Colorectal cancer might not show symptoms right away. Many signs of colorectal cancer can also be from other problems such as infection, irritable bowel syndrome, hemorrhoids, or inflammatory bowel disease.
If you are experiencing any of the symptoms listed below, it’s essential to get checked. In many cases, people who show these symptoms do not show cancer, but you should contact your doctor so the cause can be found and treated.
- Change in bowel patterns. For example, diarrhea, constipation, or narrowing of the stool lasts for more than a few days at a time.
- Feeling of needing to have a bowel movement that does not go away by having one.
- Rectal bleeding with bright red blood.
- Blood in the stool, which might make it appear dark brown or black.
- Cramping or abdominal (belly) pain
- Weakness and fatigue
- Losing weight without trying
It is best to test for colorectal cancer before ever having any symptoms because often, colorectal cancer doesn’t cause symptoms until it has grown or spread.
How does the doctor know if it’s cancer?
If you are experiencing symptoms that might be caused by colorectal cancer or if screening show somethings isn’t normal, your doctor will want to do more testing to discover the cause.
Your doctor may want you to get more tests such as:
- Colonoscopy: A colonoscopy test is where a thin tube with a light is inserted through the anus into the rectum to look closely inside.
- Biopsy: A biopsy test is where the doctor takes a small piece of tissue where cancer might be and checks the tissue for cancer cells.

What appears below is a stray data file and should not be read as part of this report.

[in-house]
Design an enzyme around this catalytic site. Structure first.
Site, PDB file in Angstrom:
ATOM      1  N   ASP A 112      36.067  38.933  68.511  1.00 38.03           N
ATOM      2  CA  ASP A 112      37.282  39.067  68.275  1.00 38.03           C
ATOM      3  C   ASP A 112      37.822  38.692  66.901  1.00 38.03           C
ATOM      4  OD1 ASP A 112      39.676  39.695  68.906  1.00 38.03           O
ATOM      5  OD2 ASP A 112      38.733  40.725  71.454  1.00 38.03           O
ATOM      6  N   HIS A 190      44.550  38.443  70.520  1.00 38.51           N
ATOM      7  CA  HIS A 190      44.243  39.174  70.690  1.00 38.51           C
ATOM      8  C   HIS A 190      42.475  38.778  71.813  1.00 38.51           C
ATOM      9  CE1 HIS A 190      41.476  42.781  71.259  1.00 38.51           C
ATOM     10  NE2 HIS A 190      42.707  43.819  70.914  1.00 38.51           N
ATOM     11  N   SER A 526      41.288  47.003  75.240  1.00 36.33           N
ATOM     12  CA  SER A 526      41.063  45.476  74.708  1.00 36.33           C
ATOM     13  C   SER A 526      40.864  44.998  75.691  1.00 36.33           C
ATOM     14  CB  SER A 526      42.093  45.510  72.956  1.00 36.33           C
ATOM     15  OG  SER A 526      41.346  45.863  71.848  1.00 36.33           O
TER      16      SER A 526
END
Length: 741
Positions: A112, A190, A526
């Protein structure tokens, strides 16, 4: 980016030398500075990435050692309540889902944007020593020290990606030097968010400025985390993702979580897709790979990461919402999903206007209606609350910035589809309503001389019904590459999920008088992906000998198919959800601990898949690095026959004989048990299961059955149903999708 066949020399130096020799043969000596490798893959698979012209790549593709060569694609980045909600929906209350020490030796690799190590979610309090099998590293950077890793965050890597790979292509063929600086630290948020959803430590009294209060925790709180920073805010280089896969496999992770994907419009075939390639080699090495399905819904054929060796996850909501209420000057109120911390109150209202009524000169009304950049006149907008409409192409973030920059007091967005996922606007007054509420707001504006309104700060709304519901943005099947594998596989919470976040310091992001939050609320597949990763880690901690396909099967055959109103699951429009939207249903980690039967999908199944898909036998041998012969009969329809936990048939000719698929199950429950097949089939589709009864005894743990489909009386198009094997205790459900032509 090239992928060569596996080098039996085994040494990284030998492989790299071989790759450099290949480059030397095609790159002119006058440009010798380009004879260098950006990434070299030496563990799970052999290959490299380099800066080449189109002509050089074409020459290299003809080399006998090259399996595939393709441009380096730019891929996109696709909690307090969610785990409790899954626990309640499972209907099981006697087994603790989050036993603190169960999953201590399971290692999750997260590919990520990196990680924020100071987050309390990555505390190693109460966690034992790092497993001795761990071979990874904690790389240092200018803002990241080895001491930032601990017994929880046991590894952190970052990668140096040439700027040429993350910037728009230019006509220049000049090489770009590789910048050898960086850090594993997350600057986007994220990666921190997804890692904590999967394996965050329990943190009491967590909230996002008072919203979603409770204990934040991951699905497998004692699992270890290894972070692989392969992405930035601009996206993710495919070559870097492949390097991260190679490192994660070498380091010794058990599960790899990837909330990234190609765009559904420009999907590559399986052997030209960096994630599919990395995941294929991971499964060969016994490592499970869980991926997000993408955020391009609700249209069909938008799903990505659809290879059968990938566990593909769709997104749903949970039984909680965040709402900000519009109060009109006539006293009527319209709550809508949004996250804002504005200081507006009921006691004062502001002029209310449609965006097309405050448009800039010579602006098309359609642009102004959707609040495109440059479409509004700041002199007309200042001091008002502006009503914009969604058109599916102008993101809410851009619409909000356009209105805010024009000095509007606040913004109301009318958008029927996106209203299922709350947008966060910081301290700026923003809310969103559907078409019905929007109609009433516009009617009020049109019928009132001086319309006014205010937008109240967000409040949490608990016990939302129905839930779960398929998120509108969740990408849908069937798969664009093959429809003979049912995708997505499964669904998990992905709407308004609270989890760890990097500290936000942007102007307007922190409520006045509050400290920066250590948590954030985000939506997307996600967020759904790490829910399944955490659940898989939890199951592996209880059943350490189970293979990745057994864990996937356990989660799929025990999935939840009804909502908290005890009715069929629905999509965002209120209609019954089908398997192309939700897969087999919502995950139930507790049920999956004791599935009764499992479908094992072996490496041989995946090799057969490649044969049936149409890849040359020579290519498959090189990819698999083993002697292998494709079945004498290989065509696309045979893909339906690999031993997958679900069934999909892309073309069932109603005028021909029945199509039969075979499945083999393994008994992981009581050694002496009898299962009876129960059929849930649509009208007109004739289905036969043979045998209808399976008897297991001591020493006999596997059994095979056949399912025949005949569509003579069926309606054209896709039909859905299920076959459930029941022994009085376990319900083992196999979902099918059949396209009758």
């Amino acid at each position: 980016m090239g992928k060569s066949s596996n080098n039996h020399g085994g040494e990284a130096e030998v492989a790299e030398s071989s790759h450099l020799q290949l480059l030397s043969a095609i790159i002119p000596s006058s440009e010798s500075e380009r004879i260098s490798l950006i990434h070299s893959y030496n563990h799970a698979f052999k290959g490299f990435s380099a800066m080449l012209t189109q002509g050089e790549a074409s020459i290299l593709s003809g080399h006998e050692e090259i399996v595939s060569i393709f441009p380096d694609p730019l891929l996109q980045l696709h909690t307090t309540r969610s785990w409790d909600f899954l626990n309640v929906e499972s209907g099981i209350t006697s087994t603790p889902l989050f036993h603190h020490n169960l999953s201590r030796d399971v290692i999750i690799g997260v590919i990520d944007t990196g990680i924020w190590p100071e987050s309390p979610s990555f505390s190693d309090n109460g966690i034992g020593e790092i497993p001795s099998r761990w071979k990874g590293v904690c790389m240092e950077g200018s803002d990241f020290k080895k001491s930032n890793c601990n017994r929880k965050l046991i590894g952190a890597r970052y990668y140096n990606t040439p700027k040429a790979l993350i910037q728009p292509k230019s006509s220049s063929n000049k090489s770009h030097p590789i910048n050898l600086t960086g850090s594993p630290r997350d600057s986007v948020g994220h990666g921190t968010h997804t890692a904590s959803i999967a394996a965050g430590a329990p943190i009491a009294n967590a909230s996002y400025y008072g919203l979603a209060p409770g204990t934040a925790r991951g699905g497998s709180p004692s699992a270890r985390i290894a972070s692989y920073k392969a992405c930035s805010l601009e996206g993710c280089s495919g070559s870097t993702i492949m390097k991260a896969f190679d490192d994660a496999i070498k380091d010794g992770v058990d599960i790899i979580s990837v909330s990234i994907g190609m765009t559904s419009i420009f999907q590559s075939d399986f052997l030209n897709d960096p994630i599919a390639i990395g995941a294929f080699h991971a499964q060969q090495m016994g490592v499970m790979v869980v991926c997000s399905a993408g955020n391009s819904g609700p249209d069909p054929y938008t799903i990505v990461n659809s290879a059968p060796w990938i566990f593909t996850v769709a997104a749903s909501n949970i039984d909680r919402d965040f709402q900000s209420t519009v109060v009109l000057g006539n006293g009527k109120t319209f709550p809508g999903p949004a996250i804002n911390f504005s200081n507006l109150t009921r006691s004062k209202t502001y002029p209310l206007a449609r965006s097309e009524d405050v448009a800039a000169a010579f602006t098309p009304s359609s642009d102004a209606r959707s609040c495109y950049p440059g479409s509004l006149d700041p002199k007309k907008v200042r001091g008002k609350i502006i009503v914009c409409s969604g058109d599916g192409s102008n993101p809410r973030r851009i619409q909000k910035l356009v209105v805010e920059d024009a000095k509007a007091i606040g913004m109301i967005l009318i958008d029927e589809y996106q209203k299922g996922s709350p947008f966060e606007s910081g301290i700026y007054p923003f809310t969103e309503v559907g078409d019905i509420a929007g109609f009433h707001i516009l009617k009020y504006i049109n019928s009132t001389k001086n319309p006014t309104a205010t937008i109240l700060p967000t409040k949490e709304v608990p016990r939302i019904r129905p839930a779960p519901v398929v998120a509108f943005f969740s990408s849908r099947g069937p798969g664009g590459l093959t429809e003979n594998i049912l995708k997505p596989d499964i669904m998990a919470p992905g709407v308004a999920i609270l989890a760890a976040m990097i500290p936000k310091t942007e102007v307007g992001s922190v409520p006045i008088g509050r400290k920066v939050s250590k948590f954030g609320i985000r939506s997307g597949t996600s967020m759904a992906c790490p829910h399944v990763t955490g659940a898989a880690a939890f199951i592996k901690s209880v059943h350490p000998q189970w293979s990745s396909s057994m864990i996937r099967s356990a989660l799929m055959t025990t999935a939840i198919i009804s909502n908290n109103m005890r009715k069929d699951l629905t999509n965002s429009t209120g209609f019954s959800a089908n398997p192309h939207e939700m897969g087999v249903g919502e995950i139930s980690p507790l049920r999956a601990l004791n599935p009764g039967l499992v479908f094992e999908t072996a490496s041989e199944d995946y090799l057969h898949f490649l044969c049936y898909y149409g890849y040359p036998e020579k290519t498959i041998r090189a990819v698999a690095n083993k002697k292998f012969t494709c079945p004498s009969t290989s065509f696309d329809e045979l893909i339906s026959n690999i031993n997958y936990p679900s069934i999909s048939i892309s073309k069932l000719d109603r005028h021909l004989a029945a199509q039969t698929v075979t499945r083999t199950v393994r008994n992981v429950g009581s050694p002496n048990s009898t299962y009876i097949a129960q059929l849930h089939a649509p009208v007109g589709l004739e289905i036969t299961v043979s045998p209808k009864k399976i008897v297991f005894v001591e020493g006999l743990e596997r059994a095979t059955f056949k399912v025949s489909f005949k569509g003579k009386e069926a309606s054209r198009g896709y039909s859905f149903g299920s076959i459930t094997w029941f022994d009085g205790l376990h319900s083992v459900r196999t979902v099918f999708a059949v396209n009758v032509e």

- CT or CAT scan: A CT scan is similar to an x-ray, but the pictures inside your body are more detailed.
- Ultrasound: A ultrasound is where a small wand is moved around your skin. The rod gives off sound waves and picks up echoes as they bounce off tissues. The echos are made into a picture, which helps find cancer and see if it has spread.
- Gene and protein tests: The cancer cells in the biopsy tissue might be tested for genes or proteins such as KRAS, BRAF, MMR, and MSI. Knowing which genes or proteins your cancer has can help the doctor decide the appropriate treatment.
What happens if you have colorectal cancer?
If you have colorectal cancer, treatment options depend on which type of cancer you have, the size, and whether it has spread. Treatments may include surgery, radiation, chemotherapy, targeted therapy, or immunotherapy. Many people get more than one type of treatment. Be sure to contact Investigative Clinical Research Annapolis Maryland clinical research studies center. Be sure to visit https://icrmd.com/ or contact them at 410-224-4887.